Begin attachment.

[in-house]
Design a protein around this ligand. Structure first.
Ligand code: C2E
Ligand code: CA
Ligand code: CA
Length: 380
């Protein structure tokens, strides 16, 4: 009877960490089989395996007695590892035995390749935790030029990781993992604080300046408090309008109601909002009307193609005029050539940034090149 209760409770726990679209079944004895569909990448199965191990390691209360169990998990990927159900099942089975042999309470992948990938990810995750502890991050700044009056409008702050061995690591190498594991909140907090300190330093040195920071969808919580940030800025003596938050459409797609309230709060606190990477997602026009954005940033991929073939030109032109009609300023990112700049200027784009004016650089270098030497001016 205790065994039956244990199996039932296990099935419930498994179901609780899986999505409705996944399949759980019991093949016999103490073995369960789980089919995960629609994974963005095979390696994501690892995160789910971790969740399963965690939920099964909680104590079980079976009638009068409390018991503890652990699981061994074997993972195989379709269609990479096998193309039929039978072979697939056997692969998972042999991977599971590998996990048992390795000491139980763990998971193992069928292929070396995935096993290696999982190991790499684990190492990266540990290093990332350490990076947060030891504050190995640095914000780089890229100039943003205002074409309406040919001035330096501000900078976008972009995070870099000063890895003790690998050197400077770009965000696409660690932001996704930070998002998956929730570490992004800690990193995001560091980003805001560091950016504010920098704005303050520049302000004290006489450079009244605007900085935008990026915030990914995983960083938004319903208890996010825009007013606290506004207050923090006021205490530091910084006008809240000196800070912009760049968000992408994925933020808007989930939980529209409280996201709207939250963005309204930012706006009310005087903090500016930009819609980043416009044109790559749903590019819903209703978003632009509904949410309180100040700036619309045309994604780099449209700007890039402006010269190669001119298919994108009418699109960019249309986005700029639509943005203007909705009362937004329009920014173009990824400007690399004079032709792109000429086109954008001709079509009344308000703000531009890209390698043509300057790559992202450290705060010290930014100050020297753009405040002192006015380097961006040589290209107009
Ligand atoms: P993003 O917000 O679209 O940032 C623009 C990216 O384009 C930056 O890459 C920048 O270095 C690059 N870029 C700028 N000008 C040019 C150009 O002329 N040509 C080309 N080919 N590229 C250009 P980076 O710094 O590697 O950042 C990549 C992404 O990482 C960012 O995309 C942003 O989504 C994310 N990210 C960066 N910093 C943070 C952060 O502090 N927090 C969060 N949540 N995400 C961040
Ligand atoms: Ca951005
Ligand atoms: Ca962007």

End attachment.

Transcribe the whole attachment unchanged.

[in-house]
Design a protein around this ligand. Structure first.
Ligand code: C2E
Ligand code: CA
Ligand code: CA
Length: 380
């Protein structure tokens, strides 16, 4: 009877960490089989395996007695590892035995390749935790030029990781993992604080300046408090309008109601909002009307193609005029050539940034090149 209760409770726990679209079944004895569909990448199965191990390691209360169990998990990927159900099942089975042999309470992948990938990810995750502890991050700044009056409008702050061995690591190498594991909140907090300190330093040195920071969808919580940030800025003596938050459409797609309230709060606190990477997602026009954005940033991929073939030109032109009609300023990112700049200027784009004016650089270098030497001016 205790065994039956244990199996039932296990099935419930498994179901609780899986999505409705996944399949759980019991093949016999103490073995369960789980089919995960629609994974963005095979390696994501690892995160789910971790969740399963965690939920099964909680104590079980079976009638009068409390018991503890652990699981061994074997993972195989379709269609990479096998193309039929039978072979697939056997692969998972042999991977599971590998996990048992390795000491139980763990998971193992069928292929070396995935096993290696999982190991790499684990190492990266540990290093990332350490990076947060030891504050190995640095914000780089890229100039943003205002074409309406040919001035330096501000900078976008972009995070870099000063890895003790690998050197400077770009965000696409660690932001996704930070998002998956929730570490992004800690990193995001560091980003805001560091950016504010920098704005303050520049302000004290006489450079009244605007900085935008990026915030990914995983960083938004319903208890996010825009007013606290506004207050923090006021205490530091910084006008809240000196800070912009760049968000992408994925933020808007989930939980529209409280996201709207939250963005309204930012706006009310005087903090500016930009819609980043416009044109790559749903590019819903209703978003632009509904949410309180100040700036619309045309994604780099449209700007890039402006010269190669001119298919994108009418699109960019249309986005700029639509943005203007909705009362937004329009920014173009990824400007690399004079032709792109000429086109954008001709079509009344308000703000531009890209390698043509300057790559992202450290705060010290930014100050020297753009405040002192006015380097961006040589290209107009
Ligand atoms: P993003 O917000 O679209 O940032 C623009 C990216 O384009 C930056 O890459 C920048 O270095 C690059 N870029 C700028 N000008 C040019 C150009 O002329 N040509 C080309 N080919 N590229 C250009 P980076 O710094 O590697 O950042 C990549 C992404 O990482 C960012 O995309 C942003 O989504 C994310 N990210 C960066 N910093 C943070 C952060 O502090 N927090 C969060 N949540 N995400 C961040
Ligand atoms: Ca951005
Ligand atoms: Ca962007």